The COVID-19 pandemic has made it painfully clear that our concentrated global food system is prone to breakdown and riddled with exploitation.
Look no further than to the fruit and vegetable farmers in Europe and the United States who destroyed perfectly good produce because corporate food processors lacked the resiliency to adapt to changing consumption demands. The 2.5 million farmworkers in the U.S., at the same time, risked their lives for poverty-level wages without personal protective equipment.
Meanwhile, just four corporations, globally, control 75 percent of the world’s grain trade and 60 percent of our seeds. In the U.S., four firms dominate 75 percent of the fertilizer supply and 85 percent of beef processing.
Such concentration takes freedom from farmers, taking from them the ability to negotiate the prices of what they sell and the inputs, such as feed and seed, that they purchase. Meanwhile, workers lack critical safety protections, for instance, safeguards against chemical or pesticide exposure, as they labor for subsistence-level wages.
This is the food and farm system that the World Trade Organization (WTO) played a central role in creating. The WTO, which emerged out of the Uruguay Round of negotiations of the General Agreement on Tariffs and Trade in 1994, has become synonymous with promoting “free trade,” namely, in calling on states to privatize public enterprises, end price and wage supports, and lift import tariffs not only in agriculture but also in the pharmaceutical, automobile and textile industries.
Food, farm and peasant movements, specifically those in the international coalition, La Via Campesina (LVC), plan to protest the meeting to denounce such free trade policies and demand change.
This is not the first time that LVC members have challenged the WTO. Perhaps the most recognized is Lee Kyung Hae, a Korean farmer who died by suicide at the organization’s meeting in Cancún, Mexico, in 2003, to call attention to how WTO prescriptions drove farmers into poverty.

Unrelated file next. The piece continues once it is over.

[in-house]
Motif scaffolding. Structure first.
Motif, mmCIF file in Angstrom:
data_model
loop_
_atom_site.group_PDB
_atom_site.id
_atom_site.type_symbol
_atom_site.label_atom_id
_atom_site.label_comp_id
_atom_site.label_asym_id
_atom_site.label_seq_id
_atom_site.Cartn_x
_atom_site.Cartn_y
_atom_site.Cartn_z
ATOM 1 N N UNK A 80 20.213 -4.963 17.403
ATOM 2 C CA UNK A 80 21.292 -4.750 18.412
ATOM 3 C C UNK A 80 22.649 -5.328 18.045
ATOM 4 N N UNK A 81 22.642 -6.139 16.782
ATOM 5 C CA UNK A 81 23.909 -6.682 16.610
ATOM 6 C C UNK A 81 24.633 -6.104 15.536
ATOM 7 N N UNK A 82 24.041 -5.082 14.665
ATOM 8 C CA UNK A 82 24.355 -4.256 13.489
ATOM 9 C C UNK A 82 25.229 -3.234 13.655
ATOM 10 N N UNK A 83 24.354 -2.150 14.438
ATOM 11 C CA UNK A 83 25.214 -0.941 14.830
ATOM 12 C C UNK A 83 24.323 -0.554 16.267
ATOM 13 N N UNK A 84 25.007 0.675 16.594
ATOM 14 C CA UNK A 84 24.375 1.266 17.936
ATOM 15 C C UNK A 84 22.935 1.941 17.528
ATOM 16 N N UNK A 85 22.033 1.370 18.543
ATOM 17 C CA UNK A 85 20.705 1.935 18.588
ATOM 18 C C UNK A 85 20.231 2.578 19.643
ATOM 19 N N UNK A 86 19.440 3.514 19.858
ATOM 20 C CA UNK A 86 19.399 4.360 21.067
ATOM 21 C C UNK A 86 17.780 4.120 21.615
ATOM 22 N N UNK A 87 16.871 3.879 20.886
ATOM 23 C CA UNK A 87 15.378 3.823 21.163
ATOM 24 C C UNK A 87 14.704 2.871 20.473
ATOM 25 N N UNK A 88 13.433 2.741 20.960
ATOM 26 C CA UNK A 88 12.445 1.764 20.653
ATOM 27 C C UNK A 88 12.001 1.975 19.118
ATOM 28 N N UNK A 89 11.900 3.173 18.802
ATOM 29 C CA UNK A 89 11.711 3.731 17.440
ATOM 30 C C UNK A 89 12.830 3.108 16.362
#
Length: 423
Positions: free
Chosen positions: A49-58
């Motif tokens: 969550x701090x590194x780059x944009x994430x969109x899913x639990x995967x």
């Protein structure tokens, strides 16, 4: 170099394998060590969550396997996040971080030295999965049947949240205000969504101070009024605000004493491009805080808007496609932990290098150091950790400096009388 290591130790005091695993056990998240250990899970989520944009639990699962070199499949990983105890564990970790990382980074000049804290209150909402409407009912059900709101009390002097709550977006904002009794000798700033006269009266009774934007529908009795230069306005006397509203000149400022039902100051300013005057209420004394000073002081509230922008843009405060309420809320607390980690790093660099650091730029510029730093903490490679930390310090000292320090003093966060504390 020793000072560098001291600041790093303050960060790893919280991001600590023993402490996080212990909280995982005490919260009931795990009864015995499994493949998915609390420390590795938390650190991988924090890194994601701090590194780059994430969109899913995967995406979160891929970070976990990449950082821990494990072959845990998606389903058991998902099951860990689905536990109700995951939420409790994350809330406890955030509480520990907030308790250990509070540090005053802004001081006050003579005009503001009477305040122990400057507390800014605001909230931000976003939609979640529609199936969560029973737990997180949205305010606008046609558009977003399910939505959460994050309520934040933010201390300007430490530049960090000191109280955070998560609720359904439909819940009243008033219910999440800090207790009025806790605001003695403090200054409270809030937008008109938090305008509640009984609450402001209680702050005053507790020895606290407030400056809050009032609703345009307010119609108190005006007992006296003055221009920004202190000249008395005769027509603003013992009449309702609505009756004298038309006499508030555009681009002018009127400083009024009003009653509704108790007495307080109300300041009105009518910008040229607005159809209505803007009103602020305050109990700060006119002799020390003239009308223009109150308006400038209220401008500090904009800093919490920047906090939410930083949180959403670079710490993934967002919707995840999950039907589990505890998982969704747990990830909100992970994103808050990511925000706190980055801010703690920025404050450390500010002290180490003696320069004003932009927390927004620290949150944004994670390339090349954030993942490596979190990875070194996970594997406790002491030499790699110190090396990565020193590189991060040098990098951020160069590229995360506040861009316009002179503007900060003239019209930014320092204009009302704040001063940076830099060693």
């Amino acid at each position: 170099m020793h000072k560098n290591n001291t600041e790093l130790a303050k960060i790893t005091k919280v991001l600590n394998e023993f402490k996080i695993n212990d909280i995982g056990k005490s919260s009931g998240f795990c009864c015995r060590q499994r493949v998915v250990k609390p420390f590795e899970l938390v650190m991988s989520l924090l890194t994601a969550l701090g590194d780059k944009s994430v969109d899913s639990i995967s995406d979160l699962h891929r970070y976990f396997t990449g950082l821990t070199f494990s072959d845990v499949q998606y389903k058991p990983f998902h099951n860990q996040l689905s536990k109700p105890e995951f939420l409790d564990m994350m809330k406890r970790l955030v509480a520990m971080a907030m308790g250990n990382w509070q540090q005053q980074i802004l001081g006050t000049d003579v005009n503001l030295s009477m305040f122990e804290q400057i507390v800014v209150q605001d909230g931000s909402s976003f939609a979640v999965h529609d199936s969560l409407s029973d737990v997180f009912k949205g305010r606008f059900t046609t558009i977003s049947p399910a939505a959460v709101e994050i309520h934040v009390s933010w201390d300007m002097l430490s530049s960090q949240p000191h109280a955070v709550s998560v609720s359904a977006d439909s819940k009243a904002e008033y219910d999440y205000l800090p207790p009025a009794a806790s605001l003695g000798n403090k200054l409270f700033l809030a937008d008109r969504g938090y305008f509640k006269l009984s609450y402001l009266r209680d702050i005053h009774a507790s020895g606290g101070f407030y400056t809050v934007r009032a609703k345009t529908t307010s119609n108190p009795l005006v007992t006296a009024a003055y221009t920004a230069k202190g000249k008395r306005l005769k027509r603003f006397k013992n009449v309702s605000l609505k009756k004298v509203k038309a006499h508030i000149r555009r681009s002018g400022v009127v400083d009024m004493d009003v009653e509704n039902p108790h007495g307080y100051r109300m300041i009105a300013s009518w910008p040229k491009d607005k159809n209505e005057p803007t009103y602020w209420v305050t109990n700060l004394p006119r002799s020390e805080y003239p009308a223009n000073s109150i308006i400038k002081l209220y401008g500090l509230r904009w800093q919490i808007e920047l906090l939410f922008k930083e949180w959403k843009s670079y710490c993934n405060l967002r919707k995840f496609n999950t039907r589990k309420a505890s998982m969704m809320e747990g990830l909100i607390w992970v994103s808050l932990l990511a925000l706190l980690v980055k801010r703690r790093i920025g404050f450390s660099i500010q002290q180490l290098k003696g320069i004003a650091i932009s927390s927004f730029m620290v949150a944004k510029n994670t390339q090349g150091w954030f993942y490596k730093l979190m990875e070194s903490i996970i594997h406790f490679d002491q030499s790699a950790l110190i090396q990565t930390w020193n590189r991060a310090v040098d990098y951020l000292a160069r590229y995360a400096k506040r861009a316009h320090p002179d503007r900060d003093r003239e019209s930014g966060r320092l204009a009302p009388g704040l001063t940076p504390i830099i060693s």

Such conditions of economic depression persist globally: About 30 Indian farmers take their own lives every day over their inability to pay loans and purchase inputs. Desperation among U.S. farmers, similarly, has led them to have one of the highest suicide rates among all professions
The WTO’s role in creating these dynamics is showcased in the Agreement on Agriculture (AoA), which entered into force in 1995. The AoA put agriculture into an economic bind, categorizing farm system policies globally into three boxes — amber, blue and green.
Amber box policies, specifically, are prohibited under the AoA for being “market distorting.” Such initiatives include the government purchase of commodities to guarantee a certain income. Import tariffs also fall into this box. Blue box policies, which are permitted by the agreement, also affect incomes. In the U.S., direct payments to farmers from the government are one example. Blue box policies are allowed because they are limited in terms of amount. The last kind of policies — those in the green box — are also allowed. These include funds dedicated to research and development or environmental conservation.
As a treaty, the AoA has enforcement mechanisms: Through the WTO’s dispute settlement mechanism (DSM), states that feel another country has unfairly restrained trade may file a grievance and seek retribution.